Curious Blog: Bolton’s ‘Imaginators’ and the Curious Libraries ReportDecember 15, 2016
Goal 5 Digital SeminarFebruary 3, 2017
On the train back up North after attending the Parliamentary Launch of ImagineNation at the Houses of Parliament, I’m pondering how lucky I am to have a job that takes me to interesting places to mingle with interesting and values driven people. I’m also ruminating on some things I heard this evening that I disagree with. Two contradictory statements are compelling me to write my very first blog: The Rt. Honourable Matt Hancock MP’s assertion that headteachers are driven by a passion to help children pass exams, and Darcy Bussell’s view that Dance shouldn’t be an exam subject.
Putting both views into context I don’t entirely disagree with the sentiment the speakers were delivering. Mr Hancock was making the very valid point that cultural professionals need to speak the language of school leaders if they want to convince the doubters and naysayers about the value of cultural education. I’ve spent the last decade of my professional life practicing being multi-lingual for this very purpose. But Mr Hancock please? In my day to day work I meet lots of headteachers with a wide spectrum of views and approaches to their work, but I have yet to hear any of them say (or give any indication) that it’s their life goal to help children pass exams. That’s your government’s agenda, not theirs. The majority of school leaders I speak to are frustrated by the constraints they’re forced to work within and the narrow measures they are subject to. They are passionate about fostering a love for learning and knowledge in children, that will open doors to a rich and purposeful life. Most understand that cultural learning is fundamental to achieving this (and don’t need a set of costly, randomised control trials to prove it). Your colleague, Ed Vaisey, was right when he lamented how “the changes to the curriculum over the past couple of years have had a detrimental effect on the arts”. I’m afraid your assertion that you support the call to action contained in ImagineNation will remain meaningless until you can persuade your colleagues in the Department for Education to afford arts subjects in schools the status they deserve. One North West headteacher summed up the situation perfectly for my colleagues and me, when he posed the provocation: “cultural education - I won’t get sacked if I do it, I won’t get sacked if I don’t”.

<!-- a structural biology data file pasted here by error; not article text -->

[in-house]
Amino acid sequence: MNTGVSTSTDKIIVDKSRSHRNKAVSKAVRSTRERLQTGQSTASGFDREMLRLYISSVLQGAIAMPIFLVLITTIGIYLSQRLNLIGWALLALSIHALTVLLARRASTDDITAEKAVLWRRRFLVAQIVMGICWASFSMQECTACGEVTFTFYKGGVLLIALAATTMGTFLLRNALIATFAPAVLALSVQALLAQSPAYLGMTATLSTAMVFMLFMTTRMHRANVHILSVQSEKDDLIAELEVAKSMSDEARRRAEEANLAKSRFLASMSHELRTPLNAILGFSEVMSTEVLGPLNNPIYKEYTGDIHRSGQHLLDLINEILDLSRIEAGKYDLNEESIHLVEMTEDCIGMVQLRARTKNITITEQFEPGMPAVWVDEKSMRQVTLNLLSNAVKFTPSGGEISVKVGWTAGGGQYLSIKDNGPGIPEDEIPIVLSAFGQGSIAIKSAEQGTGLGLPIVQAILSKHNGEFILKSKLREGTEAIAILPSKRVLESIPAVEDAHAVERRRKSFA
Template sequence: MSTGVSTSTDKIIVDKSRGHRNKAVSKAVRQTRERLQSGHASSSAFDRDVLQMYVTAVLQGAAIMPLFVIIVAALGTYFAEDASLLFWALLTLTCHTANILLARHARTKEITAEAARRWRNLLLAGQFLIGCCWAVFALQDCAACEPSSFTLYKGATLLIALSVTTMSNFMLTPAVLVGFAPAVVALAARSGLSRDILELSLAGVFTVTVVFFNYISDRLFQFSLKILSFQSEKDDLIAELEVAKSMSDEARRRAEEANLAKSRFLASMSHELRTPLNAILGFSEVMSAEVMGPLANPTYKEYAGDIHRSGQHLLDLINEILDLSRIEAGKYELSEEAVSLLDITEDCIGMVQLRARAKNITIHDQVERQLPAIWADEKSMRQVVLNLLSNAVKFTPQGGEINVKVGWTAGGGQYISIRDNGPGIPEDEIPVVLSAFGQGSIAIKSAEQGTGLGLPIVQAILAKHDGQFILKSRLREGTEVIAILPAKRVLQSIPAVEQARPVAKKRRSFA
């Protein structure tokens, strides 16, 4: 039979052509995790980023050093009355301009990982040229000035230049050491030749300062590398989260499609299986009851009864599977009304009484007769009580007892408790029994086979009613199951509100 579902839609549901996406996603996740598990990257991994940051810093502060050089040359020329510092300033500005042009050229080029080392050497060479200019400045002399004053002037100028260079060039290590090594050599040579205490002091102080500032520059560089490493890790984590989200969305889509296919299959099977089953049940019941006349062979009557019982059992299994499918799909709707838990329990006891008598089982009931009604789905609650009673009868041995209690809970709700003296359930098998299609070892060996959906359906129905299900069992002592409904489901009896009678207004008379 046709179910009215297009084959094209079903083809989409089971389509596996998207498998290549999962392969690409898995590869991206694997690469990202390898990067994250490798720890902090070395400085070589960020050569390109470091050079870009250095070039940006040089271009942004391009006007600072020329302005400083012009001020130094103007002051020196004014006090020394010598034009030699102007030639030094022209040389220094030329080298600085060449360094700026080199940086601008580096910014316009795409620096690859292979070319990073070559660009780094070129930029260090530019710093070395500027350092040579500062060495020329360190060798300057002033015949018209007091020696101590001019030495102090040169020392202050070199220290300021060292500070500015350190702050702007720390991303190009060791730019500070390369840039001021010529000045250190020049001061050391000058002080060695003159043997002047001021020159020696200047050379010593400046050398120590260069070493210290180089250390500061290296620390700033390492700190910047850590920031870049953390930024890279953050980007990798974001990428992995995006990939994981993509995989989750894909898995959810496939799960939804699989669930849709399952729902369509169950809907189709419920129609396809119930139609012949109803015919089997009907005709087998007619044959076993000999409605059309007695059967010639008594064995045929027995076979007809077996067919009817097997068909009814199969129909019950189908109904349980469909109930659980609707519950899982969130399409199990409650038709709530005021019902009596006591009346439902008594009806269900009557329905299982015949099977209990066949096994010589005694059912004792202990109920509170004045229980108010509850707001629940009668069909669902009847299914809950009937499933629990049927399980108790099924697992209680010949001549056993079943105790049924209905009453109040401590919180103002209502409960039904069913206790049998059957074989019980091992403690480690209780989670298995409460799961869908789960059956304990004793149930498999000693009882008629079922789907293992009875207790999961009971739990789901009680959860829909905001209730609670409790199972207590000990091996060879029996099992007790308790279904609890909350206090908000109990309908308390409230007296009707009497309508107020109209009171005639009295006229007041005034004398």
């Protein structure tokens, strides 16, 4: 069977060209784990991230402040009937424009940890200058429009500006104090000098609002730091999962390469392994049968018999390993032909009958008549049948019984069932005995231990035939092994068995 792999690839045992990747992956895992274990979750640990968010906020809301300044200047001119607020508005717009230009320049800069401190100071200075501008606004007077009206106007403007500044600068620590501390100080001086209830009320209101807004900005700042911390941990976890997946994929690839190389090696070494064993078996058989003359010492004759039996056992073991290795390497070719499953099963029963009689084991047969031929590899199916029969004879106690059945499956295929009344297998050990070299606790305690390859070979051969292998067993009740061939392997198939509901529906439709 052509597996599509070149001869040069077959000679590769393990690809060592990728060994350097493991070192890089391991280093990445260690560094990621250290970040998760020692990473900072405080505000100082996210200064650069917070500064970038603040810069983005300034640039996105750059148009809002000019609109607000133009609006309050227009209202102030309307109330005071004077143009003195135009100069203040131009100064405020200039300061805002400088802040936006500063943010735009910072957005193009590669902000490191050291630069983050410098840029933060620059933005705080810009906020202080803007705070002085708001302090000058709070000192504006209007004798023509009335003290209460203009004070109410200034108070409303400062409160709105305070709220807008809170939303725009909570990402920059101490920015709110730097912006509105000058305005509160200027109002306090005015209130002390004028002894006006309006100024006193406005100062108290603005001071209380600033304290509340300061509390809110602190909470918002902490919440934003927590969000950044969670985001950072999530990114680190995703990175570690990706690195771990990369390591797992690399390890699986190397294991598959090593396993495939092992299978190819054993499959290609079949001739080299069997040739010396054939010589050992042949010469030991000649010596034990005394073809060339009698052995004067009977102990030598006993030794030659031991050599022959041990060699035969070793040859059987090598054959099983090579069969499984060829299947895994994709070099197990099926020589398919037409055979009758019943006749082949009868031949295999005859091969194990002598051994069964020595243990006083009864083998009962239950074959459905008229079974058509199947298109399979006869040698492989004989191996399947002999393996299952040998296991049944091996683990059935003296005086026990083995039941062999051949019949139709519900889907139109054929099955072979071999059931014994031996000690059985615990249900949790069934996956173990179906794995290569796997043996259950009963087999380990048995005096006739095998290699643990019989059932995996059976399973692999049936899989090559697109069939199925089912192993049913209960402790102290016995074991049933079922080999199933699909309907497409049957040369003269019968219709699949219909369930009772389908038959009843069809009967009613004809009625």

And Darcy. . . I admire you so much I wanted to name my daughter after you (her Dad wasn’t so keen) but your plea for Dance not to be an exam subject made my heart sink. You spoke eloquently about how Dance can change lives and called for it to be made available to every child through physical literacy lessons in schools. YES, YES to all of that. But I’m afraid you’re missing the point if you think Dance being an exam subject is a wholly bad thing. You were clearly born with the potential to become a prima-ballerina and were lucky enough to have a childhood that bought you the opportunity to develop your innate talent to its fullest. But that’s simply not the case for everyone. There are likely hundreds of potential prima-ballerinas who don’t know what they could be because they aren’t given the opportunities that you had. Their parents can’t or won’t afford to send them to Dance class and their schools do Dance as part of a PE lesson once in a blue moon. Bopping around to world-music with their mates for an hour once a week for a few weeks a year might make children healthier and happier (dancing is physical and fun – ask any Dad at a wedding), but these flat offers aren’t going to nurture and propel future talent or spark creative potential. I could give you many examples of people for whom taking GCSE Dance at school provided the stepping stone into a dance related career and an opportunity for them to shine. And in this world where exams matter (see above) why shouldn’t arts subjects be taught with the same rigour as academic subjects? I’d like to bet you did Dance exams (isn’t that your signature on RAD certificates?). We’re battling to keep arts subjects available at key stage 4 and we need high profile advocates like yourself to fight with us not against us.
Thank you CLA for inviting me to your wonderful launch event this evening and for publishing ImagineNation. I know already that the little black booklet will be a mighty weapon in our armoury as we continue to fight for a rich cultural and creative education for all children and young people.